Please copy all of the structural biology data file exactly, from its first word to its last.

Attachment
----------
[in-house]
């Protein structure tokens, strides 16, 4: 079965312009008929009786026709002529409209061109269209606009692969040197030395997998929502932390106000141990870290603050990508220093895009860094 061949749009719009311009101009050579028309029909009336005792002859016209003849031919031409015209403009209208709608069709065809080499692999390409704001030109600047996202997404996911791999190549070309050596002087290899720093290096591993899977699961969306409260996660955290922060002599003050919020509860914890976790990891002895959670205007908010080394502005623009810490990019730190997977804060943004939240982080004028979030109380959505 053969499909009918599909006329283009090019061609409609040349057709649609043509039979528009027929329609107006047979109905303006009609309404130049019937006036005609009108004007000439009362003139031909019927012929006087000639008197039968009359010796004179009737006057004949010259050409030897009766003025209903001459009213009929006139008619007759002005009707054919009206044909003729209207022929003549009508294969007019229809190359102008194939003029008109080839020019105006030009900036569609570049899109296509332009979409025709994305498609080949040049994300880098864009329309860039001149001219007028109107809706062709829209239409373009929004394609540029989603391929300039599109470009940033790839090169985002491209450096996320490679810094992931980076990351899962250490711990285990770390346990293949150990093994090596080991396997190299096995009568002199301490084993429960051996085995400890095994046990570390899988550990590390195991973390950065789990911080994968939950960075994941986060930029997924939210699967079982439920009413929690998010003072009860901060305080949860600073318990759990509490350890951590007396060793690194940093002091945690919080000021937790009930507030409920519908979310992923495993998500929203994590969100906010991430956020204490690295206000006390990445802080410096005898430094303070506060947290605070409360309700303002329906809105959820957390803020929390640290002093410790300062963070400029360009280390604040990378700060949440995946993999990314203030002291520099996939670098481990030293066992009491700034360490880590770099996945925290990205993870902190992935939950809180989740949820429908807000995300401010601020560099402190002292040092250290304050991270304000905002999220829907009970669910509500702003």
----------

[in-house]
């Protein structure tokens, strides 16, 4: 079965312009008929009786026709002529409209061109269209606009692969040197030395997998929502932390106000141990870290603050990508220093895009860094 061949749009719009311009101009050579028309029909009336005792002859016209003849031919031409015209403009209208709608069709065809080499692999390409704001030109600047996202997404996911791999190549070309050596002087290899720093290096591993899977699961969306409260996660955290922060002599003050919020509860914890976790990891002895959670205007908010080394502005623009810490990019730190997977804060943004939240982080004028979030109380959505 053969499909009918599909006329283009090019061609409609040349057709649609043509039979528009027929329609107006047979109905303006009609309404130049019937006036005609009108004007000439009362003139031909019927012929006087000639008197039968009359010796004179009737006057004949010259050409030897009766003025209903001459009213009929006139008619007759002005009707054919009206044909003729209207022929003549009508294969007019229809190359102008194939003029008109080839020019105006030009900036569609570049899109296509332009979409025709994305498609080949040049994300880098864009329309860039001149001219007028109107809706062709829209239409373009929004394609540029989603391929300039599109470009940033790839090169985002491209450096996320490679810094992931980076990351899962250490711990285990770390346990293949150990093994090596080991396997190299096995009568002199301490084993429960051996085995400890095994046990570390899988550990590390195991973390950065789990911080994968939950960075994941986060930029997924939210699967079982439920009413929690998010003072009860901060305080949860600073318990759990509490350890951590007396060793690194940093002091945690919080000021937790009930507030409920519908979310992923495993998500929203994590969100906010991430956020204490690295206000006390990445802080410096005898430094303070506060947290605070409360309700303002329906809105959820957390803020929390640290002093410790300062963070400029360009280390604040990378700060949440995946993999990314203030002291520099996939670098481990030293066992009491700034360490880590770099996945925290990205993870902190992935939950809180989740949820429908807000995300401010601020560099402190002292040092250290304050991270304000905002999220829907009970669910509500702003």